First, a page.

Conservation Actions Underway
It is protected under Brazilian law, and occurs in several protected areas, notably Augusto Ruschi Biological Reserve and and Intervales State Park, with further populations in Monte Pascoal and Serra dos Órgãos National Parks and Rio Doce and Serra do Brigadeiro State Parks (F. Olmos and P. Martuscelli in litt. 1995, Simon et al. 1999). Conservation Actions Proposed
Effectively protect remaining areas of Atlantic forest where the species occurs. Continue to search for the species at new localities. Monitor known strongholds such as Augusto Ruschi Biological Reserve.

References
Aleixo, A.; Galetti, M. 1997. The conservation of the avifauna in a lowland Atlantic forest in south-east Brazil. Bird Conservation International 7: 235-261.

Collar, N. J.; Gonzaga, L. P.; Krabbe, N.; Madroño Nieto, A.; Naranjo, L. G.; Parker, T. A.; Wege, D. C. 1992. Threatened birds of the Americas: the ICBP/IUCN Red Data Book. International Council for Bird Preservation, Cambridge, U.K.

do Rosário, L. A. 1996. As aves em Santa Catarina: distribuiçao geográfica e meio ambiente. Glorianópolis, Santa Catarina, Brazil.

Simon, J. E.; Ribon, R.; Mattos, G. M.; Abreu, C. R. M. 1999. A avifauna do Parque Estadual da Serra do Brigadeiro, Minas Gerais. Revista Arvore 23: 33-48.

Willis, E. O.; Oniki, Y. 1998. One-parent nesting in Cinnamon-vented Pihas Lipaugus lanioides, Cotinginae, Typrannidae. Ornitologia Neotropical 9(2): 129-159.

Further web sources of information
Detailed species account from the Threatened birds of the Americas: the BirdLife International Red Data Book (BirdLife International 1992). Please note, taxonomic treatment and IUCN Red List category may have changed since publication.

Recuento detallado de la especie tomado del libro Aves Amenazadas de las Americas, Libro Rojo de BirdLife International (BirdLife International 1992). Nota: la taxonomo

Text account compilers
Benstead, P., Capper, D., Clay, R., Sharpe, C J, Symes, A., Williams, R.

Contributors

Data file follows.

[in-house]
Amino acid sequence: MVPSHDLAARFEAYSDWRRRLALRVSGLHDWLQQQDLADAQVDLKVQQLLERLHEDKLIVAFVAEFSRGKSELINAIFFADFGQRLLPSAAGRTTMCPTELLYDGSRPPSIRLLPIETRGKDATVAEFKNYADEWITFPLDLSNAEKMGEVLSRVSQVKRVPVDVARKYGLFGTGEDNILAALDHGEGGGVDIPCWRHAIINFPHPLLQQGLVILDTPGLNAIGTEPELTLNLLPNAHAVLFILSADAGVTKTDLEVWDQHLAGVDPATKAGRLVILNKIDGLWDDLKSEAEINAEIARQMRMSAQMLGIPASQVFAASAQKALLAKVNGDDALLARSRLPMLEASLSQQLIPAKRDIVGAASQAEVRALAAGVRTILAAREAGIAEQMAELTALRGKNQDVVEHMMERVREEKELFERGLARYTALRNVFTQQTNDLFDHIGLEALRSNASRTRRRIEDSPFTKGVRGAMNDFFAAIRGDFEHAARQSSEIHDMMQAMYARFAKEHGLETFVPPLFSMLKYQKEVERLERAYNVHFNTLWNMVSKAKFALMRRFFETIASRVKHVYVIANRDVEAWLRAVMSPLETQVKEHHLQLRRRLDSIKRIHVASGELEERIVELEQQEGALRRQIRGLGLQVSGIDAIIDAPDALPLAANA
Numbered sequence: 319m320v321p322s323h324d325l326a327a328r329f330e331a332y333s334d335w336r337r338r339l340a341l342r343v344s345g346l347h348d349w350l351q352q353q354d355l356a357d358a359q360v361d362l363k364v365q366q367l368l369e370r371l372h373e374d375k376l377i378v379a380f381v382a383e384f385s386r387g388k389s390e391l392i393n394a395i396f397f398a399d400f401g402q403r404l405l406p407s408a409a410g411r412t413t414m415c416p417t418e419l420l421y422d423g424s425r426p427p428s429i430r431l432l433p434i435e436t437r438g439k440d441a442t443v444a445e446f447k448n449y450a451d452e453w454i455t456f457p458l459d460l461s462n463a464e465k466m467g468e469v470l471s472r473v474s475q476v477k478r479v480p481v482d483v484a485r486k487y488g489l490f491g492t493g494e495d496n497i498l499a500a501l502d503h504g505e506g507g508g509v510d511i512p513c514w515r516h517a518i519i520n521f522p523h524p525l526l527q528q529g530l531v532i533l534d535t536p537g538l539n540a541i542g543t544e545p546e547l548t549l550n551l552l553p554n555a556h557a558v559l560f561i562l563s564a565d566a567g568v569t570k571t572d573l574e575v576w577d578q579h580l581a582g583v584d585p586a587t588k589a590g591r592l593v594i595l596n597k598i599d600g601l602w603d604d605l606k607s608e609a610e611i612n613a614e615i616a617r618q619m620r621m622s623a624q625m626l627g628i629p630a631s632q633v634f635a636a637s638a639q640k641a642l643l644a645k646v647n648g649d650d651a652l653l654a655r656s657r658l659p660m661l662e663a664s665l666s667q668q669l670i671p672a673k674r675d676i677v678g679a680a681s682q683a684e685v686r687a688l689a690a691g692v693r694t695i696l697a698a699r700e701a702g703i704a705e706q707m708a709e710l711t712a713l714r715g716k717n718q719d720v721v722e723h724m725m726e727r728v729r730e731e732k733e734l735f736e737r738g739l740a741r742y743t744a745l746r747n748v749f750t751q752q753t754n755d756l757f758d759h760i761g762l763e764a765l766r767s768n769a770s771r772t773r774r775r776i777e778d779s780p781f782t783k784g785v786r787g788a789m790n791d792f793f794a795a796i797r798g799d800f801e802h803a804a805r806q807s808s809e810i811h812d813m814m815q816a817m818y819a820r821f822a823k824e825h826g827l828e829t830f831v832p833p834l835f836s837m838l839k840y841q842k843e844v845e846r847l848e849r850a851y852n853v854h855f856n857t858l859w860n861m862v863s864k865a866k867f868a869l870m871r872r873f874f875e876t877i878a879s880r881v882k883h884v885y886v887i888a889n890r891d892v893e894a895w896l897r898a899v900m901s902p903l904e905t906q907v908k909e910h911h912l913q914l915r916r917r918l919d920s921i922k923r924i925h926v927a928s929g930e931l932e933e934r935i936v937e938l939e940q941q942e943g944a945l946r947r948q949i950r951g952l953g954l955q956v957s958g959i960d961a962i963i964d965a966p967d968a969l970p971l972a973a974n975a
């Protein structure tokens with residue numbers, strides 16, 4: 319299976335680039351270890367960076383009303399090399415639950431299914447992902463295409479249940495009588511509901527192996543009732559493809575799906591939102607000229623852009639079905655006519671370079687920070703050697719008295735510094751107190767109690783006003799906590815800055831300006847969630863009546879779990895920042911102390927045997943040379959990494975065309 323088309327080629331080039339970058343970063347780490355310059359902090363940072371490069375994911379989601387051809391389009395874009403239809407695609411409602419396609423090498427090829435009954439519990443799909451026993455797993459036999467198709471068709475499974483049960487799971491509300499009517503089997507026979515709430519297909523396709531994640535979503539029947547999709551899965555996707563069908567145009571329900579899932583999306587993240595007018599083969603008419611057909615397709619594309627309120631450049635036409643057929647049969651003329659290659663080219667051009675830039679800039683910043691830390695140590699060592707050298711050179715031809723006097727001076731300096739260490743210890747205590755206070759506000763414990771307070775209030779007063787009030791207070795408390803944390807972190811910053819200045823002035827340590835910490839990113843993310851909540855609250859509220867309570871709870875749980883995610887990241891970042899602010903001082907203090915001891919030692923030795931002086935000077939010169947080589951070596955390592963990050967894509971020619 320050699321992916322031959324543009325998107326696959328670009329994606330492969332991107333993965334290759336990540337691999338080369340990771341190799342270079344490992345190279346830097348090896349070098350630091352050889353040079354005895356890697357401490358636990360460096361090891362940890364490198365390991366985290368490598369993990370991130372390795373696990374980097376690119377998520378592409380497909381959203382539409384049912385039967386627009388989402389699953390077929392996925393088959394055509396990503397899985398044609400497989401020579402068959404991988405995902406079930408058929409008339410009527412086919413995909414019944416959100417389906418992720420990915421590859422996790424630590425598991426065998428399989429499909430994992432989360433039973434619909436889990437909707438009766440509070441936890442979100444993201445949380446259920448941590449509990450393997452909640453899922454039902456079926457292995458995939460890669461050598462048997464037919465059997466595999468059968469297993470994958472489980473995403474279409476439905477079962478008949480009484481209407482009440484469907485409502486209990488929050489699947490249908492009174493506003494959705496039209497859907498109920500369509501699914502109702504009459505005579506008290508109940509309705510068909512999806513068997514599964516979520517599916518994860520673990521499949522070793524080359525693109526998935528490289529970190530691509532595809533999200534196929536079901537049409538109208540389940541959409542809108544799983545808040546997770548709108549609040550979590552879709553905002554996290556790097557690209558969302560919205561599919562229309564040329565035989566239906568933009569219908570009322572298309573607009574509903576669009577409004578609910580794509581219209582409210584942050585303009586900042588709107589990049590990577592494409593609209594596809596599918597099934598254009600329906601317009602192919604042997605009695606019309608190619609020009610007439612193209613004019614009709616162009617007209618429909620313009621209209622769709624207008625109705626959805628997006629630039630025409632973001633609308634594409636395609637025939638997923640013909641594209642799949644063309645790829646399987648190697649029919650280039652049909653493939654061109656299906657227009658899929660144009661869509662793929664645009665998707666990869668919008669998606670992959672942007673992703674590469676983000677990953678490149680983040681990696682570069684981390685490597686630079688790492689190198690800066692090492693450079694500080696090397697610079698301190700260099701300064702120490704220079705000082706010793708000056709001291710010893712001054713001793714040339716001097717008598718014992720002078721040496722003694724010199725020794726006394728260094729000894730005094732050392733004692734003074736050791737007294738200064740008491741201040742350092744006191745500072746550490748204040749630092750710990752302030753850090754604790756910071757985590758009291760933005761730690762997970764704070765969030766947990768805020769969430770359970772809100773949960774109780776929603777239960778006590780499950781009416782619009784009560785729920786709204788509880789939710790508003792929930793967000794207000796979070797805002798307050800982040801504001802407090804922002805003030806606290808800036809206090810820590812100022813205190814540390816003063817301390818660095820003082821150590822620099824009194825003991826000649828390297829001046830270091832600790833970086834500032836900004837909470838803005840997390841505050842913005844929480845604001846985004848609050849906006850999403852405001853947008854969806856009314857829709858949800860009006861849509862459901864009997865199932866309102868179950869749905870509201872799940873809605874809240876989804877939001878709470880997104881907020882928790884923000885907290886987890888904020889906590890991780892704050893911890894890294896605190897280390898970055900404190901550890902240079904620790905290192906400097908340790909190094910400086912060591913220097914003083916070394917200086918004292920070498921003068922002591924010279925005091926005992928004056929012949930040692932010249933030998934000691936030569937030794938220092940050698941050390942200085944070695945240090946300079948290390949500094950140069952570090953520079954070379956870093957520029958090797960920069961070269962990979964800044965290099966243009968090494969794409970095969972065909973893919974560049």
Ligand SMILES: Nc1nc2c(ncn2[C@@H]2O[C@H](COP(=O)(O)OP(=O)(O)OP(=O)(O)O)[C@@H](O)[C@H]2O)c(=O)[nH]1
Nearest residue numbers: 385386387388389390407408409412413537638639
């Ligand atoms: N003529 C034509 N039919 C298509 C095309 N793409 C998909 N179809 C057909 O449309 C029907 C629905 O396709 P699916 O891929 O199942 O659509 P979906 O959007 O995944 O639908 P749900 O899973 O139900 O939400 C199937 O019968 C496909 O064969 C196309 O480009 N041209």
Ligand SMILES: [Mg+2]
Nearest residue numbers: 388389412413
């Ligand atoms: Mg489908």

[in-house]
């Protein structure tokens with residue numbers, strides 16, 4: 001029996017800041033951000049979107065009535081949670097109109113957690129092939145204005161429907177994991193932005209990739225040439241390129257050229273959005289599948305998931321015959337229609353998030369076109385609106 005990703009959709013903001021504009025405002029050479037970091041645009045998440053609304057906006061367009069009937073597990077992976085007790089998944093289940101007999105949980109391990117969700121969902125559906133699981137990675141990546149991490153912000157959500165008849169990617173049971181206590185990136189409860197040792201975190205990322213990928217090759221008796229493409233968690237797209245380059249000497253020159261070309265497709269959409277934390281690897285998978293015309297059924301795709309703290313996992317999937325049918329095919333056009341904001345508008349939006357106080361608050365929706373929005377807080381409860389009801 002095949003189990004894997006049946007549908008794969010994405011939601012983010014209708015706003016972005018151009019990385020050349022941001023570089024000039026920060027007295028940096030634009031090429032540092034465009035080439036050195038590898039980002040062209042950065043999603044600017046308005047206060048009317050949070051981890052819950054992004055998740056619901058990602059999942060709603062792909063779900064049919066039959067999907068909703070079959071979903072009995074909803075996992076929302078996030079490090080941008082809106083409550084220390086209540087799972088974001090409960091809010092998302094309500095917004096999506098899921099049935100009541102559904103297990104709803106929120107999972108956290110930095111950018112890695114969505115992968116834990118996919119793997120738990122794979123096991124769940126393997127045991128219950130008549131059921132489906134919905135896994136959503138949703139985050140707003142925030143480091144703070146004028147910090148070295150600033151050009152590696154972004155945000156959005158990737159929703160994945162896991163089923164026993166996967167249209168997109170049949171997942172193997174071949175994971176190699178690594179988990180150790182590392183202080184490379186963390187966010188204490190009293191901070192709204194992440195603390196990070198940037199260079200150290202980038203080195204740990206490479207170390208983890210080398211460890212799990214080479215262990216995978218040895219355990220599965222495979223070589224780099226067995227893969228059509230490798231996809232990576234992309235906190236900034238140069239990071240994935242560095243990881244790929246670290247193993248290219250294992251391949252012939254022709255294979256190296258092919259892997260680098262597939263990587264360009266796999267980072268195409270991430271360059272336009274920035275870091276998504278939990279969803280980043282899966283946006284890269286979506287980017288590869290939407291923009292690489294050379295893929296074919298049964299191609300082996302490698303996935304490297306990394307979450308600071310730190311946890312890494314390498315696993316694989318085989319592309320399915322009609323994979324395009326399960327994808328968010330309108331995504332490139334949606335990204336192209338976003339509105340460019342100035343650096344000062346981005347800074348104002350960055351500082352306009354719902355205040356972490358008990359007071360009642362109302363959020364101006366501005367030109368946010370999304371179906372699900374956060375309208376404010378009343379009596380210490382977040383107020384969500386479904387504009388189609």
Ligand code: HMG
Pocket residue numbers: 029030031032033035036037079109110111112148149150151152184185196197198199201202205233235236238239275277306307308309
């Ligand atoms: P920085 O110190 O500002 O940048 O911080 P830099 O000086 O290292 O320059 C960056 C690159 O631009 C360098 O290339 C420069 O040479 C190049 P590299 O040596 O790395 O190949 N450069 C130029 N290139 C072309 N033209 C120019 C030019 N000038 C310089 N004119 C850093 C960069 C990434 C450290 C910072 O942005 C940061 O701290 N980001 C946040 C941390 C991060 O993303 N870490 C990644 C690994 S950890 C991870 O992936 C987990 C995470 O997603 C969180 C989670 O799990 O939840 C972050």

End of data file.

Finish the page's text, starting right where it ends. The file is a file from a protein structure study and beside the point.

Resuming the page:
Butchart, S., Martuscelli, P., Olmos, F., Oniki, Y., Symes, A., Venturini, A., Willis, E.

IUCN Red List evaluators
Butchart, S., Symes, A.

Recommended citation
BirdLife International (2014) Species factsheet: Lipaugus lanioides. Downloaded from http://www.birdlife.org on 22/07/2014. Recommended citation for factsheets for more than one species: BirdLife International (2014) IUCN Red List for birds. Downloaded from http://www.birdlife.org on 22/07/2014.

This information is based upon, and updates, the information published in BirdLife International (2000) Threatened birds of the world. Barcelona and Cambridge, UK: Lynx Edicions and BirdLife International, BirdLife International (2004) Threatened birds of the world 2004 CD-ROM and BirdLife International (2008) Threatened birds of the world 2008 CD-ROM. These sources provide the information for species accounts for the birds on the IUCN Red List.

To provide new information to update this factsheet or to correct any errors, please email BirdLife

To contribute to discussions on the evaluation of the IUCN Red List status of Globally Threatened Birds, please visit BirdLife's Globally Threatened Bird Forums.

Key facts
Current IUCN Red List category Near Threatened
Family Cotingidae (Cotingas)
Species name author (Lesson, 1844)
Population size 6700 mature individuals
Population trend Decreasing
Distribution size (breeding/resident) 202,000 km2
Country endemic? Yes
Links to further information
- Additional Information on this species